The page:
Brian Concannon Jr, Boston Haitian Reporter
Justice in Haiti: Signs of Spring?
In April, as the first flowers of spring of spring were marking the end of a Boston winter, so in Haiti real justice was poking up to mark the end of another dictatorship. Three political prisoners were released to their families just in time to celebrate Easter, and another was sent home a week later.� But just as a sunny April day can turn cold and wet, the very decision that released many of the political prisoners kept others in jail, even though there was no evidence against them either.
The most recently- released political prisoner is Bob Moli�re , a second-hand mattress salesman and grassroots activist for the Lavalas party. Mr. Moli�re was known to the police, because several times he provided them the required notification for legal demonstrations on behalf of Lavalas. The police arrested him on April 18, 2005, illegally without a warrant. Bob was tortured, and held for a year and 2 days in a squalid prison cell. His lawyers repeatedly pointed out that there was no evidence of any wrongdoing, and petitioned the court to either drop the case altogether or release Mr. Moli�re pending trial. But the court refused. With Bob in prison, the mattress business collapsed. His wife was forced to squeeze their family in with relatives in the countryside, further isolating Moli�re. His wife bore a son in December, who Bob did not see him until his April 20 release.
The three political prisoners released just before Easter were Jacques Antony Nazaire, the former head of �presidential security, Harold S�v�re, former adjunct mayor of Port-au-Prince, and Mario Exilhomme, a grassroots activist from Belair. All three had been held in the case of violence at demonstrations on the State University campus on December 3, 2003. �According to the complaints filed by several student groups and Presidential candidate Charles Henri Baker, on that day pro-Lavalas demonstrators violently attacked an anti- Lavalas student demonstration, injuring several people and damaging vehicles and the University.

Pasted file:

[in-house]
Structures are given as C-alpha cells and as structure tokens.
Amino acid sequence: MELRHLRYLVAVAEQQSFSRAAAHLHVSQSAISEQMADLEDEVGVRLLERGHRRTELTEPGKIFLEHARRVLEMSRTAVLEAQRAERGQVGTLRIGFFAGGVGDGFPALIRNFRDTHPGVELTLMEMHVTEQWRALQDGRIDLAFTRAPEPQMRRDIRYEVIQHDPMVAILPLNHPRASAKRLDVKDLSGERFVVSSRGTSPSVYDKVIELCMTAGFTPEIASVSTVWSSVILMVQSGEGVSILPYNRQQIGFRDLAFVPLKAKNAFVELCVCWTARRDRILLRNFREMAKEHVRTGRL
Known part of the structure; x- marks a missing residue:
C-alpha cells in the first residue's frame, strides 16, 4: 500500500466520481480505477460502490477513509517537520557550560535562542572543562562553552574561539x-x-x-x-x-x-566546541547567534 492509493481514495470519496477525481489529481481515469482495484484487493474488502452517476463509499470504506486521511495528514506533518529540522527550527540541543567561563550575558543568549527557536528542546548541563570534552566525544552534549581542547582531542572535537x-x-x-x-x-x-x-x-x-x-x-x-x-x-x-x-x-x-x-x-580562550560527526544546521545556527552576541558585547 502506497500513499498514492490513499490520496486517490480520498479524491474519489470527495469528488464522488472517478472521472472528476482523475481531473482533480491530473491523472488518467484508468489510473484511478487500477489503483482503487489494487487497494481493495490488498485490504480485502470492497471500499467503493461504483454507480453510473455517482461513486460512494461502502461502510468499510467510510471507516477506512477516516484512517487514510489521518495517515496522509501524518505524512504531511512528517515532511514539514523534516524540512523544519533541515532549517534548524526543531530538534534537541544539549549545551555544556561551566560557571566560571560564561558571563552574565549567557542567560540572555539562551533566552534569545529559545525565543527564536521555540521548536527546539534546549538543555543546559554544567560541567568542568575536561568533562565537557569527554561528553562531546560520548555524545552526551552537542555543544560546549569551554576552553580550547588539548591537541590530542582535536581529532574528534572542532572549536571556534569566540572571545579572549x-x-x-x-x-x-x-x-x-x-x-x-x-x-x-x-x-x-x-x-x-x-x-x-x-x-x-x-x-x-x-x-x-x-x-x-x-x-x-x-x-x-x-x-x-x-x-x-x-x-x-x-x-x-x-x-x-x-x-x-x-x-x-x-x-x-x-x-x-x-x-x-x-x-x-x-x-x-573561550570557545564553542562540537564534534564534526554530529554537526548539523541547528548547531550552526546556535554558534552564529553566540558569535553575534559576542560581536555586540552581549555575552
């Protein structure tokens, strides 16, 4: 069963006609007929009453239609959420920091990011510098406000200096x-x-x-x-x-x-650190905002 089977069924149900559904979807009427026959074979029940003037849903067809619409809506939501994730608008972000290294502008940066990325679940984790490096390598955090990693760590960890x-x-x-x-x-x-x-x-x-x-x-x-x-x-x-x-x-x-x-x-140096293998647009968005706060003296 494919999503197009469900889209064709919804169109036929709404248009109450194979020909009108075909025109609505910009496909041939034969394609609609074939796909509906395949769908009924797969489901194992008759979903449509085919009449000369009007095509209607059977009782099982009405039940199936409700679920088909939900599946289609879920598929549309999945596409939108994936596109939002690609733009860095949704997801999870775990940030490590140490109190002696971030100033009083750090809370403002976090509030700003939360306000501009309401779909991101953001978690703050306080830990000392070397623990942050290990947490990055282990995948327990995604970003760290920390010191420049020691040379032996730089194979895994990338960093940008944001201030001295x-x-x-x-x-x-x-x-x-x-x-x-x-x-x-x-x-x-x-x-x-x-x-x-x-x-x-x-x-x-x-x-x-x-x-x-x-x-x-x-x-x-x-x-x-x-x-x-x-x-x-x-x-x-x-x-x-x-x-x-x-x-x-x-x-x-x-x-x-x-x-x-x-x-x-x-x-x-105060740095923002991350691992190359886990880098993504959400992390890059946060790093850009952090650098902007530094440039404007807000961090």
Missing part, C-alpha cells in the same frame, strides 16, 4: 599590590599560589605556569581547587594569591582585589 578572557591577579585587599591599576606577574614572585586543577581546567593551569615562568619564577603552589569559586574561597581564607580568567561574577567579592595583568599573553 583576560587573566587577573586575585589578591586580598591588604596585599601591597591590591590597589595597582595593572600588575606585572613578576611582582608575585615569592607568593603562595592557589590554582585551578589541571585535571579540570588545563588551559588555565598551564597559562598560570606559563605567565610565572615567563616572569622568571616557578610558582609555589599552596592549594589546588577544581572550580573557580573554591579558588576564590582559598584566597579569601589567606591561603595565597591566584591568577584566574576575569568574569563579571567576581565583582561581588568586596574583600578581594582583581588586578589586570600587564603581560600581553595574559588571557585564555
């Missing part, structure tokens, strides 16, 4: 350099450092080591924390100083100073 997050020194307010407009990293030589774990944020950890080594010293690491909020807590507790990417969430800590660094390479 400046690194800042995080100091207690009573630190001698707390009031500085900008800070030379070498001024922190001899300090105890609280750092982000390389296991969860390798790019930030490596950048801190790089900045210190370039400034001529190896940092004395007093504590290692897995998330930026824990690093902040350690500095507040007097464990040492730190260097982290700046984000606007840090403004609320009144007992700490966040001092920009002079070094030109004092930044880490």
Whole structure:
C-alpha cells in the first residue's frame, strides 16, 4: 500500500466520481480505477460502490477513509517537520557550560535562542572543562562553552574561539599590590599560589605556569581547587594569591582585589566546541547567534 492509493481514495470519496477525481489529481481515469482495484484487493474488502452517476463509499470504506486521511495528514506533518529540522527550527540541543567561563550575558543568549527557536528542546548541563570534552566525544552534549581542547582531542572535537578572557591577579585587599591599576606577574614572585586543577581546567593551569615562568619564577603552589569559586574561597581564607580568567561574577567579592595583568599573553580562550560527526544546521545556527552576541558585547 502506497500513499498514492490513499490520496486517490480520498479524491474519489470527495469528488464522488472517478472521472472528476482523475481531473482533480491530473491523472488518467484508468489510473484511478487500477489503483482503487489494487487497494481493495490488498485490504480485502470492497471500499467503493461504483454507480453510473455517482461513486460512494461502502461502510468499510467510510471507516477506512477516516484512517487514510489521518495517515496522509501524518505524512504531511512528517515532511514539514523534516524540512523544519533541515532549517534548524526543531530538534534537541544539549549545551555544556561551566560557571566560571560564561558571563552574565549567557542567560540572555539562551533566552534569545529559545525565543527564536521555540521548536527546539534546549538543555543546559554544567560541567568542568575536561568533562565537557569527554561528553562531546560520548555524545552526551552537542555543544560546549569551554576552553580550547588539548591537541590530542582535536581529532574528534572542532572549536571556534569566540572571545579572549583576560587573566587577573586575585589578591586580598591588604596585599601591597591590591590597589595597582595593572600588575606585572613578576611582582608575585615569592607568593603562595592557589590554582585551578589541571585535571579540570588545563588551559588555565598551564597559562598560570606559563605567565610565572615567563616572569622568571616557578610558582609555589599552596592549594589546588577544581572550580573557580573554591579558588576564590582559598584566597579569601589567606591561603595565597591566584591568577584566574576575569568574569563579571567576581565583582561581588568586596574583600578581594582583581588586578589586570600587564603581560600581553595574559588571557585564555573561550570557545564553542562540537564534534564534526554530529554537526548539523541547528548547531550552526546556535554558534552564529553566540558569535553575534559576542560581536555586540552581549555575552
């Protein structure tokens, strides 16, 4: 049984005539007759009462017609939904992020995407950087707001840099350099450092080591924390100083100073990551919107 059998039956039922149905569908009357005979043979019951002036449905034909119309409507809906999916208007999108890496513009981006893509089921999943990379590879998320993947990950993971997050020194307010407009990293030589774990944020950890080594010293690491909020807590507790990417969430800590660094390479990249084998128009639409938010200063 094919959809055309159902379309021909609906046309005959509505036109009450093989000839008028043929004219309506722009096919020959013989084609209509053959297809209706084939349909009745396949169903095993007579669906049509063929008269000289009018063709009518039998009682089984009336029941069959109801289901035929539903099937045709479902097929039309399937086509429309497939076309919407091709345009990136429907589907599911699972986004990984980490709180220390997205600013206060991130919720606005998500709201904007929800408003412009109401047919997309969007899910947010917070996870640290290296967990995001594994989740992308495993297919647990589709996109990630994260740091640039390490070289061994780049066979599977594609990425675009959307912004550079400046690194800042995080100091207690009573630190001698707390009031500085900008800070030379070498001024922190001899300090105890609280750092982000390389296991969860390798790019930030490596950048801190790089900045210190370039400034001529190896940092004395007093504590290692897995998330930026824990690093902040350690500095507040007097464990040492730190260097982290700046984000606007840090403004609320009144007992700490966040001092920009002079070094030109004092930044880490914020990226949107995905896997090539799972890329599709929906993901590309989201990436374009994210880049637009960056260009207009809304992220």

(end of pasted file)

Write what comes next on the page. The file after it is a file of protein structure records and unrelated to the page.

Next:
Nazaire and S�v�re each lost 25 months of their lives in prison, half of that after December 2004, when another judge ordered them to be released provisionally. Mr. Exilhomme spent nine months in prison, after being expelled from the Dominican Republic, where he had sought refuge from the IGH�s persecution. Two other defendants in the case- Paul Keller and Rospide P�tion- had spent nine months in prison before being provisionally released in late 2004. The judge dropped the charges against both. Charges in the December 5 case were also dropped against former Prime Minister Yvon Neptune and former Minister of the Interior Jocelerme Privert, but both remain in prison in another political case.
The December 5 case, especially, was a model of political persecution. The defendants were all prominent Lavalas officials or activists. The student organizations that filed the complaints were all part of the anti-Lavalas �GNB� movement.� When asked to testify about the events before the court, almost all failed to appear. Candidate Baker, a top leader of the �Group of 184�, an anti-Lavalas political organization, did come to court, but admitted that he was not even on the scene of the events of December 5. He claimed that he was representing his political supporters and other Group of 184 members, but could not show that anyone had authorized him to represent them. University Rector Jean Marie Paquiot was indisputably on the scene and injured- his legs were broken in the clash. But although he described the attack in detail, Mr. Paquiot could not identify any of his attackers. He conceded that he had named one defendant, Yvon Antoine (who is still in jail), as his attacker based on rumors and an email he had received.